Dear Stolf: I keep reading that humans and chimpanzees share 98% of their genes…and all humans share 99.5% of their genes with each other…yet I only share 50% with my daughter. Can you explain how this can be? …from Puzzled, in Platypus City
64.1 Dear Puzzled: Yes, yes I can. You are confusing genetics and genealogy. Genetics tells you what you have…genealogy tells you where it came from. Confusing the 2 yields the following paradox: genetically, everyone is virtually identical to everyone else…and yet everyone is almost completely unrelated to everyone else, even most of their relatives.
64.2 You hear the word paradox thrown around a lot these days, intended to mean something that is confusing or mysterious. Strictly speaking, a paradox is a situation which on the surface seems to make no sense…seems impossible…but when investigated further, turns out to be correct and completely true. A paradox indicates that people don’t really know as much about something as they think they do…their innate grasp of a subject, and hence their erroneous gut reaction, is not all it could be.
64.3 A perfect example is the Lottery Paradox. Suppose you buy a ticket for a lottery in which a million people have entered. Your chance of winning is one in a million…it’s extremely likely that you’re not going to win. Trouble is, this is true of everyone entered in the lottery…none of them has any real chance of winning. And yet…guess what?…somebody has to win…and somebody does win…despite the million-to-one odds. This paradox illustrates that our instinctive understanding of odds and probability, at least in this case, isn’t very trustworthy.
64.4 Now our DNA contains 23 pairs of chromosomes…each pair consists of 2 duplicates. Each chromosome is made up of a series of genes, and between the 23, we have between 20,000 and 30,000 genes. Technically we have twice that, but only one of the 2 duplicates will be active or as they say “expressed”…that is, only one of each pair will determine our physical makeup. Before the Human Genome Project, the number was estimated to be as high as 100,000. Of each pair of chromosomes, one came from your father, one from your mother…so Chart 213 shows a simplified closeup of one pair of chromosomes, father’s on left, mother’s on right.
64.5 I have indicated, in an imaginary and somewhat whimsical fashion, the purpose of each gene…and as you can see, 9 of the 10 genes are identical. And that’s what makes us all human beings, and not chimps, dogs, flounders, or banana trees. Where there exist more than one variety of the same gene, these different variations are called “alleles.” 9 of these 10 genes have no alleles…only the one for eye color does. But again, these alleles don’t somehow blend together to give you your eye color…instead, one of each pair of genes will be “expressed”…called the “dominant” gene…the other will have no effect, the “recessive” gene. Thus in this case, your eyes are brown…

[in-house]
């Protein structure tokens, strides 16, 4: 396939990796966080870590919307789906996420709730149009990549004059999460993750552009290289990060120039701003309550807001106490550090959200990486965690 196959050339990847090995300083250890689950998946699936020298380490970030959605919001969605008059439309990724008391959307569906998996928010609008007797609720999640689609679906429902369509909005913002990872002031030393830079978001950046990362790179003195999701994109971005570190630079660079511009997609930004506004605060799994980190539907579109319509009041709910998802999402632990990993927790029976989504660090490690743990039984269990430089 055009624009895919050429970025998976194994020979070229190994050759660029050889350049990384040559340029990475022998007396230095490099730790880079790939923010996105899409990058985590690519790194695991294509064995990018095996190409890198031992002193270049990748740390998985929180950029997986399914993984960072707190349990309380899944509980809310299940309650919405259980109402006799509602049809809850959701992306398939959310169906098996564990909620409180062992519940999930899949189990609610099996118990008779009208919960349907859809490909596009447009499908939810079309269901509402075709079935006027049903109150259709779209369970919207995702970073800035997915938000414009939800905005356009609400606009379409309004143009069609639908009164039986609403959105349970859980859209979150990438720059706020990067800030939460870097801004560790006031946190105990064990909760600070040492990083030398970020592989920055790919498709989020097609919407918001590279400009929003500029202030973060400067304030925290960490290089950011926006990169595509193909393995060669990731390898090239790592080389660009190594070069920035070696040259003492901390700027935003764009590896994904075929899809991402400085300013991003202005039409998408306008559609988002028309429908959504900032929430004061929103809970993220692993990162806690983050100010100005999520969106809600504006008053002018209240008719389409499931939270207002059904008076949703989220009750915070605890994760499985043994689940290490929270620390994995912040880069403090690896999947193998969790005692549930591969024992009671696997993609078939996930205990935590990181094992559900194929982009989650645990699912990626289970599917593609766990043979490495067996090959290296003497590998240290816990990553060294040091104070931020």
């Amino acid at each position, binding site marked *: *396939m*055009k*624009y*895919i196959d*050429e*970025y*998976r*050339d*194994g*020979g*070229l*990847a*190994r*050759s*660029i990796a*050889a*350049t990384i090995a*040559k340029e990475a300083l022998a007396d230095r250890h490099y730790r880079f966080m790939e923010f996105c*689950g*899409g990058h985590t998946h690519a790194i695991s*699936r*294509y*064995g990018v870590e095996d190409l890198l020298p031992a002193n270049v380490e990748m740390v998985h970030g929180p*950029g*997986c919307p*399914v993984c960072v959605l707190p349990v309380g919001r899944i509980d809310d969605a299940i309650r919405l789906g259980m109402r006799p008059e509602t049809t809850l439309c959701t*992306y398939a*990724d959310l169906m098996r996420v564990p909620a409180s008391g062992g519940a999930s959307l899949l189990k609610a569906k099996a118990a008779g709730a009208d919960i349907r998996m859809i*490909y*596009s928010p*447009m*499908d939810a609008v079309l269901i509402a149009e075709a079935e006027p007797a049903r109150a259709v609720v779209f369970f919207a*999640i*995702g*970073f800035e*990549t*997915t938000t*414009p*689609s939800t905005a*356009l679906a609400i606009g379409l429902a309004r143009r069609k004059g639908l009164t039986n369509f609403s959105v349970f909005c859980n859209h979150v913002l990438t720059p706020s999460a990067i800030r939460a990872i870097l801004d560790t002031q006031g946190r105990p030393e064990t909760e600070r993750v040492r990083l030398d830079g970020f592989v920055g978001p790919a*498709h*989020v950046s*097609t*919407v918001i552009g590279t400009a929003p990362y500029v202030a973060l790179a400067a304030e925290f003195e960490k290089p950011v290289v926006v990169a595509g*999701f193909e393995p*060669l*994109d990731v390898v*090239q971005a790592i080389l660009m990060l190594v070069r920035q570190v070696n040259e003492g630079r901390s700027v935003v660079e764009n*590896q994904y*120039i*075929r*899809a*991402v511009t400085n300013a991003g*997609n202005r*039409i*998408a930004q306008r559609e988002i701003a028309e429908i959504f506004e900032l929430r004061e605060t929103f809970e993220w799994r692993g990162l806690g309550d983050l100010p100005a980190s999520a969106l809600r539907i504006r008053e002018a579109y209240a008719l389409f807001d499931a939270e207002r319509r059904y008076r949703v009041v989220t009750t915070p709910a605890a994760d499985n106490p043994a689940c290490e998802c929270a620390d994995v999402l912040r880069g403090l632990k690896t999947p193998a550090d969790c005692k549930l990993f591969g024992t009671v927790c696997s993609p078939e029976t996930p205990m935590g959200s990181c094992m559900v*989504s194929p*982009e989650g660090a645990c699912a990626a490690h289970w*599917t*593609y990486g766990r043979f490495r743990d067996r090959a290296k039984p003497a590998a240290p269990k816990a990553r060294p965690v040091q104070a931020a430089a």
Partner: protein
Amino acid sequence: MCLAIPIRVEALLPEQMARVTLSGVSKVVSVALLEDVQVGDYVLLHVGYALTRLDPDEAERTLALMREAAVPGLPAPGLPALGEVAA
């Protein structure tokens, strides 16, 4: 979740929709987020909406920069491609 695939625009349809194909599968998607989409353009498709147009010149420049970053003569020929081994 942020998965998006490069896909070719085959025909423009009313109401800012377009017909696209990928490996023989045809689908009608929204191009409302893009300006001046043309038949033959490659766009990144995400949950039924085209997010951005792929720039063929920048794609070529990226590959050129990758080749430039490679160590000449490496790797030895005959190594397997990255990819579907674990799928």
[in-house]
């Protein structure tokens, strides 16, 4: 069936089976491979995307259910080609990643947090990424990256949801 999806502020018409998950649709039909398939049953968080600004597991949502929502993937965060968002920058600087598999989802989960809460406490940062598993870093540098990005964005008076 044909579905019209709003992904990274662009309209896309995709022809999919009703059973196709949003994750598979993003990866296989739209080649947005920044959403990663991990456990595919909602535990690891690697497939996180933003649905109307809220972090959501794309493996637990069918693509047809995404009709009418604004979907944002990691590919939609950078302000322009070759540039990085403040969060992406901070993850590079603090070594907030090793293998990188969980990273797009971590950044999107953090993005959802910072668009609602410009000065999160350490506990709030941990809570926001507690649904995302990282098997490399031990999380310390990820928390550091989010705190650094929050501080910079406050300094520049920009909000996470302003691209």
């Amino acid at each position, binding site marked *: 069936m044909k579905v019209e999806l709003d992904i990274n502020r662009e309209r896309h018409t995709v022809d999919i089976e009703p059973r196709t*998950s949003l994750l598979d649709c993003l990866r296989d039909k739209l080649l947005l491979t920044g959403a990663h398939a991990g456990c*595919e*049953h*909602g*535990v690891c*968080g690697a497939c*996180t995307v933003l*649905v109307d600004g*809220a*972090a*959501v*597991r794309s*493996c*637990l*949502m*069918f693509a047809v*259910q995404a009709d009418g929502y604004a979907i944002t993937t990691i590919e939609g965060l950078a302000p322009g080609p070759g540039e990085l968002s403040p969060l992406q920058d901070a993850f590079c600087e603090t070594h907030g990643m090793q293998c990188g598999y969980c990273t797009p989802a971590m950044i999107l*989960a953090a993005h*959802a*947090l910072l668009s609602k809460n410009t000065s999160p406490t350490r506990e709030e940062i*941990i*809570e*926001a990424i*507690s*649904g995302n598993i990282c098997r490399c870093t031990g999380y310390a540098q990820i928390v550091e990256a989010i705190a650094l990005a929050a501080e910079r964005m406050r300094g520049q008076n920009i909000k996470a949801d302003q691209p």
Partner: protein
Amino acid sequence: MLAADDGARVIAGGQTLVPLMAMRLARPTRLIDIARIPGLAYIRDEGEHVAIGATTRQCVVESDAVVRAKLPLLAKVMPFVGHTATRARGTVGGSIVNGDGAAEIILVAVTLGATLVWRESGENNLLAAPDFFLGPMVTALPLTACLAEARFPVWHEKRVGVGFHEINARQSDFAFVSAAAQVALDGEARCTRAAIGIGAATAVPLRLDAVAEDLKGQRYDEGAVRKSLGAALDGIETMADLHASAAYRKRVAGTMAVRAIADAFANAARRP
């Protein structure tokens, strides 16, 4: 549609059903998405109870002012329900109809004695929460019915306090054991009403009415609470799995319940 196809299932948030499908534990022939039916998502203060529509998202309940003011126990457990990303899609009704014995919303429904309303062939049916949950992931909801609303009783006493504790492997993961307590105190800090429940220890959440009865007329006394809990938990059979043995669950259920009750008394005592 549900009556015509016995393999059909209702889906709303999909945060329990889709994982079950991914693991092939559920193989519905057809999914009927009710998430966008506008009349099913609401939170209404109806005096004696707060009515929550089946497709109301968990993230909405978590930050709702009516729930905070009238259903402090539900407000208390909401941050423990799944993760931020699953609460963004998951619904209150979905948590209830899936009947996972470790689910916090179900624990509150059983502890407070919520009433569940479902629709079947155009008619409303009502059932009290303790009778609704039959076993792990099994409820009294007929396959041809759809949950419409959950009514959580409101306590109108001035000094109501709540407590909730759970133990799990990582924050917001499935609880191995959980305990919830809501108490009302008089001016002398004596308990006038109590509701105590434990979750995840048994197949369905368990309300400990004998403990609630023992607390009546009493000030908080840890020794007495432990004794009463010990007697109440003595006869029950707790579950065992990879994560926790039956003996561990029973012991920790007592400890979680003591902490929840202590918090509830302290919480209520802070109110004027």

64.6 On the far right of Chart 213, I have checked off which of each gene pair is dominant, your father’s or your mother’s. In a sample as small as this, it might be 7/3 or 10/0 instead of 5/5, but overall it averages out to 50-50. And as you can see, only 1 of these 10 gene pairs will make any physical difference in your makeup…and of course it’s not limited to physical appearance…the genes for the various blood types for example are also alleles. Assuming you have as many as 30,000 genes…altho it’s likely closer to 20,000…99.5% of them have no alleles…thus only .5% of them can make a difference between 2 individuals…that’s a mere 150 genes. This is why we say that everyone on Earth is virtually identical genetically.
64.7 Now the degree to which we are related genealogically…as opposed to genetically…is another thing entirely. It depends on receiving the same gene, whether allele or not, by descent from a common ancestor. Chart 214 shows how many direct ancestors you have going back each generation. As you can see, by the time you get to 13G grandparents, you have 32,768 of them…this is based on every person having 2 parents…in reality, all those 13G slots may not be filled by a different person…and indeed at some point they cannot be, since there couldn’t have been that many humans alive on Earth at the time.
64.8 But theoretically, since you don’t have 32,768 genes, you couldn’t have received one gene from each of your 13G grandparents…it is numerically impossible…there are too many ancestors and not enough genes. And given 25 years per generation, this is only on average 400 years ago! In terms of the genes that make you you, the ones that have alleles and thus can differ, you cannot have received one from each of your 256 6G grandparents, since again there are only 150 such genes. This phenomenon is called “flushing”…the point at which genetic material from any one specific ancestor is for all intents and purposes no longer present in your DNA by direct descent…of course you could still have that gene, but from someone else. However there are 2 important points to bear in mind.